The Single Monk

I’ve been brewing more sessionable beers these days and this is a style that I have tasted at homebrew competitions and I really wanted to brew this style for some time. I’m glad I finally took the plunge and did it because I am very pleased of the results.

Also with this beer I used pilsner malt from Riverbend Malt House out of Asheville, NC. When I tried a few of the grains while I milled the malt, and oh my gosh, this stuff was tasty! I was super anxious to try this beer after snacking on the malts during the brew day. Just to note, I believe using a quality flavorful malt enhanced this beer from good to great.

Tasting Notes: Abbey Yeast (WLP 530)
Light grainy pilsner malt aromas that also include a faint hint of grass, light spice and floral hop aromas, fruity esters are moderate that are reminiscent of pears. Low levels of the phenolics (clove). Delicate aroma that the fruity esters and hops sort of mingle together with the malt background.

Flavor: Cracker-like with a touch of grass pilsner-like malt flavors. Hop flavor is low with some floral notes. Moderately-low bitterness. Fruity esters are moderate with pears dominating. Finished dry with a slight spice and pear notes throughout the finish.

Tasting Notes: Belgian Ale Yeast (WLP 550)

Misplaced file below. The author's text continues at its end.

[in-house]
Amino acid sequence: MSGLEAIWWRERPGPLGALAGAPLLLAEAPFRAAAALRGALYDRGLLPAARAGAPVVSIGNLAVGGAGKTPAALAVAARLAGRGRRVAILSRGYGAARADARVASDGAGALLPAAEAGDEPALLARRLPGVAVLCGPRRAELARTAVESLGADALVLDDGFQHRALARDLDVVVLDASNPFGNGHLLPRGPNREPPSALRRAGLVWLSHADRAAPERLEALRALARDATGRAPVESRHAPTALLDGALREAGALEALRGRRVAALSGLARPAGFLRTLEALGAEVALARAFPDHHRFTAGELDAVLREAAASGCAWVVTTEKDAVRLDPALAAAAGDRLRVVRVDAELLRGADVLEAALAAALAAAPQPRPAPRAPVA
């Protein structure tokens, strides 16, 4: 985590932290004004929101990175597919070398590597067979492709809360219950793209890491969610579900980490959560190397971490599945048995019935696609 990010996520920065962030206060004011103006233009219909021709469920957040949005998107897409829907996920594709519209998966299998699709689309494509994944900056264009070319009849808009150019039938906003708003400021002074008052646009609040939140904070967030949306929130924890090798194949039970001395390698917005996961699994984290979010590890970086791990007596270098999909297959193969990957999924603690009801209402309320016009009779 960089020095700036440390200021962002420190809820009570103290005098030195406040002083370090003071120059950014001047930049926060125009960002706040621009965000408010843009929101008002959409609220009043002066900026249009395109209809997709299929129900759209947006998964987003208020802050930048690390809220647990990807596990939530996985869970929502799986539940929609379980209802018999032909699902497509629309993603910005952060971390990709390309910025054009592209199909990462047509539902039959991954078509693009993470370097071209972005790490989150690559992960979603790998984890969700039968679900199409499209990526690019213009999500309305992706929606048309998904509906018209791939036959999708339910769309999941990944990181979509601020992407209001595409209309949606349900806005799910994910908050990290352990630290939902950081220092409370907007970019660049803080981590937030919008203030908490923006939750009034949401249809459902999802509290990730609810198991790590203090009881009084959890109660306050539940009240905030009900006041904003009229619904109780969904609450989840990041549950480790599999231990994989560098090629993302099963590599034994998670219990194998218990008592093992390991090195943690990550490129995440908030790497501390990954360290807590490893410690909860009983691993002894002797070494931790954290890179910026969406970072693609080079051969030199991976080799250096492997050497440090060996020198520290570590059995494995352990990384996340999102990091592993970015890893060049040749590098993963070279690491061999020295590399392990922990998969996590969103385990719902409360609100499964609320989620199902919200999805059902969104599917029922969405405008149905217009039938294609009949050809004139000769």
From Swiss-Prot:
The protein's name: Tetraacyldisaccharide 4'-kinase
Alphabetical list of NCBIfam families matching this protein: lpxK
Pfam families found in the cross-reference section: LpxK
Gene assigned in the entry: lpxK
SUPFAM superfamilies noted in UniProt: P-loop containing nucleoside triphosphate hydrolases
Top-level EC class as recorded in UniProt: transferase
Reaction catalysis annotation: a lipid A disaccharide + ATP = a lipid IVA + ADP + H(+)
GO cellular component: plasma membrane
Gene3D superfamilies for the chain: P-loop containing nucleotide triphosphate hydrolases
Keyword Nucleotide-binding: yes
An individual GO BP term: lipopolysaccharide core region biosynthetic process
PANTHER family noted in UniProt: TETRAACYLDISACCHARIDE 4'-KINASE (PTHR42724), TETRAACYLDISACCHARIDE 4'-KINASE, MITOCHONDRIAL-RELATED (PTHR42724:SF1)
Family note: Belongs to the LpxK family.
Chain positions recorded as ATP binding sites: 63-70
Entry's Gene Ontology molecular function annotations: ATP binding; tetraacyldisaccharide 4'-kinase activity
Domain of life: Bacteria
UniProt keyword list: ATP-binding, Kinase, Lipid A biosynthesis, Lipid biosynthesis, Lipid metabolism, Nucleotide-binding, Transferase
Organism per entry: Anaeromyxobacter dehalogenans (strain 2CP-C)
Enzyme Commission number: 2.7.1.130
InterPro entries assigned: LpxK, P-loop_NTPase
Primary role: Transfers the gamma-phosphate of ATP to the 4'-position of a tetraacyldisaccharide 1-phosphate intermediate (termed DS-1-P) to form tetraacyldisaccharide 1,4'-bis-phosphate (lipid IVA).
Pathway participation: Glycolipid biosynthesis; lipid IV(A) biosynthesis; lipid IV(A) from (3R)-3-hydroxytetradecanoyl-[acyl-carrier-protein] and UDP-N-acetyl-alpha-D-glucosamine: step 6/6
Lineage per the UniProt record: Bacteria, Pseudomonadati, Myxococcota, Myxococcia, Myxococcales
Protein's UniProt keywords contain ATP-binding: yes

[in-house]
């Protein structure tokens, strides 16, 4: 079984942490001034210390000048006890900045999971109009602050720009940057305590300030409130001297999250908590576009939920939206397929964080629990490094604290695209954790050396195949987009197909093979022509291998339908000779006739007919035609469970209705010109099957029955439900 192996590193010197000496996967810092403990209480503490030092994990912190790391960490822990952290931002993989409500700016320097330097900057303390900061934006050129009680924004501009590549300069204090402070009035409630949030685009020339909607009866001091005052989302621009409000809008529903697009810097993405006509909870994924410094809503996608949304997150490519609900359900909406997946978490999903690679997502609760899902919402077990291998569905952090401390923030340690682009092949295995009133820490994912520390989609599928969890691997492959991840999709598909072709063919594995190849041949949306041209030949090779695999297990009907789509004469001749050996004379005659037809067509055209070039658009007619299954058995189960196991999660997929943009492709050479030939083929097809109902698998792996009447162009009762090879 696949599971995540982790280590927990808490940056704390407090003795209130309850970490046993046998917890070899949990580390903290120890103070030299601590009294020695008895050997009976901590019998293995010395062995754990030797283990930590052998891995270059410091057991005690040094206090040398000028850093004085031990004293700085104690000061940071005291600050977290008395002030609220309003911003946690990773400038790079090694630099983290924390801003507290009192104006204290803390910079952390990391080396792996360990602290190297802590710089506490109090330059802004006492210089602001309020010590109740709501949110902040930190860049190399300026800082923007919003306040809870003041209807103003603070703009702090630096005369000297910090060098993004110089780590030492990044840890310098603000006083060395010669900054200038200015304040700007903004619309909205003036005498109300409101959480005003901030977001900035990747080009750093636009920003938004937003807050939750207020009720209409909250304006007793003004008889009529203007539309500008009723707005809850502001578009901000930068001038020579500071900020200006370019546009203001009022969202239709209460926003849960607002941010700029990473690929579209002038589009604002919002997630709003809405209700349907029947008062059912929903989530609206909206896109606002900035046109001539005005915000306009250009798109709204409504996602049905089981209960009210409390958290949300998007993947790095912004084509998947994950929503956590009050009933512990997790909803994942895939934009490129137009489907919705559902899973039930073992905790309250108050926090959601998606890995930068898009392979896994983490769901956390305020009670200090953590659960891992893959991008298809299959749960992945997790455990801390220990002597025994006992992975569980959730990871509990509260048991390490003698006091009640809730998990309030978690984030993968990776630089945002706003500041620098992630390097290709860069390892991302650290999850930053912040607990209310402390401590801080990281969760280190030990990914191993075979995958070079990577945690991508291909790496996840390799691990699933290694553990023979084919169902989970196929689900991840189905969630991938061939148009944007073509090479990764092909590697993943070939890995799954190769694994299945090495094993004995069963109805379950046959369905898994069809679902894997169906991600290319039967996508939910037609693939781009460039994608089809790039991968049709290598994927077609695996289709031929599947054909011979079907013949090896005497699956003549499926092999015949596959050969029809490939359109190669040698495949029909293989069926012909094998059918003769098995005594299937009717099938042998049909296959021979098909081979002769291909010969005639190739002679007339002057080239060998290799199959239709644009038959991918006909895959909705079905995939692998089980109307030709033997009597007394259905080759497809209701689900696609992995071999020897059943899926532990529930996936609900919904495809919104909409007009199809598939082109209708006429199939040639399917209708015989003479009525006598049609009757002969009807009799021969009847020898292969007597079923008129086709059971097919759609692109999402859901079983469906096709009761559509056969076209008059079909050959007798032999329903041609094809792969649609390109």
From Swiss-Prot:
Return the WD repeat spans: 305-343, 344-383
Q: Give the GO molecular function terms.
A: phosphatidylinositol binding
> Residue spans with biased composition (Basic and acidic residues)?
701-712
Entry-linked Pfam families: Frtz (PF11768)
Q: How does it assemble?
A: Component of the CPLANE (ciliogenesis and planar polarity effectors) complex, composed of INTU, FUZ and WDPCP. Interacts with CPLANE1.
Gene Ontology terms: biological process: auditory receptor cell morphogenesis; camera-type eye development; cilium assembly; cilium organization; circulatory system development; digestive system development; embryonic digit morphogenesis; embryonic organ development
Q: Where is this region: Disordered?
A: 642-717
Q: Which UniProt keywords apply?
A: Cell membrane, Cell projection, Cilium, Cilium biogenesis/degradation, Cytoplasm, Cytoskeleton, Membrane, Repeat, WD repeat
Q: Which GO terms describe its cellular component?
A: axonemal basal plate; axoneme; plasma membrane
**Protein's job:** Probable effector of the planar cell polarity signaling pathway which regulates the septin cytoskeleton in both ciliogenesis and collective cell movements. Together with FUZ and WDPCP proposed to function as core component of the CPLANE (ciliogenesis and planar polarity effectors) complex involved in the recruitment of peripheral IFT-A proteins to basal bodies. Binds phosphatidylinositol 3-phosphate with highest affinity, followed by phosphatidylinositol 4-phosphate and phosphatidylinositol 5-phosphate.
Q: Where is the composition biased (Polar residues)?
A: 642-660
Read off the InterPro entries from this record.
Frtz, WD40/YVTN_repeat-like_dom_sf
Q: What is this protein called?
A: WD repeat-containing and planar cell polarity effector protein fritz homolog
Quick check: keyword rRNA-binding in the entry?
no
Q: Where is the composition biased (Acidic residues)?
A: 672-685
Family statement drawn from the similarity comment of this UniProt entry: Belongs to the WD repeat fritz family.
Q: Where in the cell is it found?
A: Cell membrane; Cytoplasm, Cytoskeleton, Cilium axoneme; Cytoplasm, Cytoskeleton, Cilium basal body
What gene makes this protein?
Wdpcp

Light grainy pilsner malt aroma, moderately light spice and floral hop aromas. Moderate phenolics that include clove and black pepper. A very faint honey characteristic.

Flavor: Moderate clove and black pepper phenolics dominate the flavor. The malt background is cracker-like with a touch of grass. Hop flavors are low and floral. Finished dry with a lingering clove and spice component through the finish of the drink.

Since I’ve been doing mostly 10 gallon batches, a good percentage of my beers have been how about I pitch different yeasts to see what different characteristics I’ll get out of each beer. I didn’t think this one would be drastically different, but since I’ve been drinking these two beers side by side quite a bit, I do prefer the Abbey Ale yeast over the Belgian Ale yeast. This is not saying that I do not like the Belgian Ale yeast, I just prefer the ester profile of the Abbey Ale over the Belgian Ale in this beer. Trust me, neither of these beers are going to “water” my flowers anytime soon.


Recipe Details

Batch Size Boil Time IBU SRM Est. OG Est. FG ABV
11 gal 60 min 26.7 IBUs 4.6 SRM 1.046 1.006 5.3 %

Style Details

Name Cat. OG Range FG Range IBU SRM Carb ABV
Trappist Single 26 A 1.044 - 1.054 1.004 - 1.01 25 - 45 3 - 5 2.4 - 3.4 4.8 - 6 %


Name Amount %
Riverbend Pilsner 18 lbs 90
Biscuit (Dingemans) 1 lbs 5
Sugar, Table (Sucrose) 1 lbs 5


Name Amount Time Use Form Alpha %
Hallertau 3 oz 60 min Boil Pellet 3.4
Hallertau 1 oz 15 min Boil Pellet 3.4
Willamette 1 oz 5 min Boil Pellet 4.2


Name Amount Time Use Type
Gypsum (Calcium Sulfate) 7.47 g 60 min Mash Water Agent
Epsom Salt (MgSO4) 5.91 g 60 min Mash Water Agent
Calcium Chloride 4.81 g 60 min Mash Water Agent
Lactic Acid 2.50 tsp 60 min Mash Water Agent
Salt 0.74 g 60 min Mash Water Agent


Name Lab Attenuation Temperature
Abbey Ale (WLP530) White Labs 78% 66°F - 72°F
Belgian Ale (WLP550) White Labs 82% 68°F - 78°F


Step Temperature Time
Saccharification 147.9°F 90 min
Mash Out 168°F 10 min


9.7g epsom salt….whoops